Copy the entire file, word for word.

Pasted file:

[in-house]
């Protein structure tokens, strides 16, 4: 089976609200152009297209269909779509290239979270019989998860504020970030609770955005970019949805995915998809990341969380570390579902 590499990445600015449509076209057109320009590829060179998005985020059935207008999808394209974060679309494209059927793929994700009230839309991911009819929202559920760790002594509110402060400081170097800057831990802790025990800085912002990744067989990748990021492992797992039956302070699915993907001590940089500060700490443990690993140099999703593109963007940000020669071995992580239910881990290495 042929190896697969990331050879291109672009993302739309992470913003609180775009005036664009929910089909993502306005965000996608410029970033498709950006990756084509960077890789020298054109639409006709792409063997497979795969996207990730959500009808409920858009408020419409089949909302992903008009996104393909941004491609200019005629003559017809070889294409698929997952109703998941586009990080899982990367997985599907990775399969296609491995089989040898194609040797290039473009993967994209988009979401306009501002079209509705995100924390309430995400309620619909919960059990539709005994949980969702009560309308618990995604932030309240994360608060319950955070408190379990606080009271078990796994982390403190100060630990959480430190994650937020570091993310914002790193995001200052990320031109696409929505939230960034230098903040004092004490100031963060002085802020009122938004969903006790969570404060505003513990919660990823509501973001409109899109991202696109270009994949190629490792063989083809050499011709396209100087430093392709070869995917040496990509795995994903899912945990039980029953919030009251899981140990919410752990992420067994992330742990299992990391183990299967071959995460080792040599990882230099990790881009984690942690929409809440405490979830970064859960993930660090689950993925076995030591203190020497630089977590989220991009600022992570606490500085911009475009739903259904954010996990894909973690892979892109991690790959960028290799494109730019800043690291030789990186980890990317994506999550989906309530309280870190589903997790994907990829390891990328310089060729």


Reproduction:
[in-house]
């Protein structure tokens, strides 16, 4: 089976609200152009297209269909779509290239979270019989998860504020970030609770955005970019949805995915998809990341969380570390579902 590499990445600015449509076209057109320009590829060179998005985020059935207008999808394209974060679309494209059927793929994700009230839309991911009819929202559920760790002594509110402060400081170097800057831990802790025990800085912002990744067989990748990021492992797992039956302070699915993907001590940089500060700490443990690993140099999703593109963007940000020669071995992580239910881990290495 042929190896697969990331050879291109672009993302739309992470913003609180775009005036664009929910089909993502306005965000996608410029970033498709950006990756084509960077890789020298054109639409006709792409063997497979795969996207990730959500009808409920858009408020419409089949909302992903008009996104393909941004491609200019005629003559017809070889294409698929997952109703998941586009990080899982990367997985599907990775399969296609491995089989040898194609040797290039473009993967994209988009979401306009501002079209509705995100924390309430995400309620619909919960059990539709005994949980969702009560309308618990995604932030309240994360608060319950955070408190379990606080009271078990796994982390403190100060630990959480430190994650937020570091993310914002790193995001200052990320031109696409929505939230960034230098903040004092004490100031963060002085802020009122938004969903006790969570404060505003513990919660990823509501973001409109899109991202696109270009994949190629490792063989083809050499011709396209100087430093392709070869995917040496990509795995994903899912945990039980029953919030009251899981140990919410752990992420067994992330742990299992990391183990299967071959995460080792040599990882230099990790881009984690942690929409809440405490979830970064859960993930660090689950993925076995030591203190020497630089977590989220991009600022992570606490500085911009475009739903259904954010996990894909973690892979892109991690790959960028290799494109730019800043690291030789990186980890990317994506999550989906309530309280870190589903997790994907990829390891990328310089060729």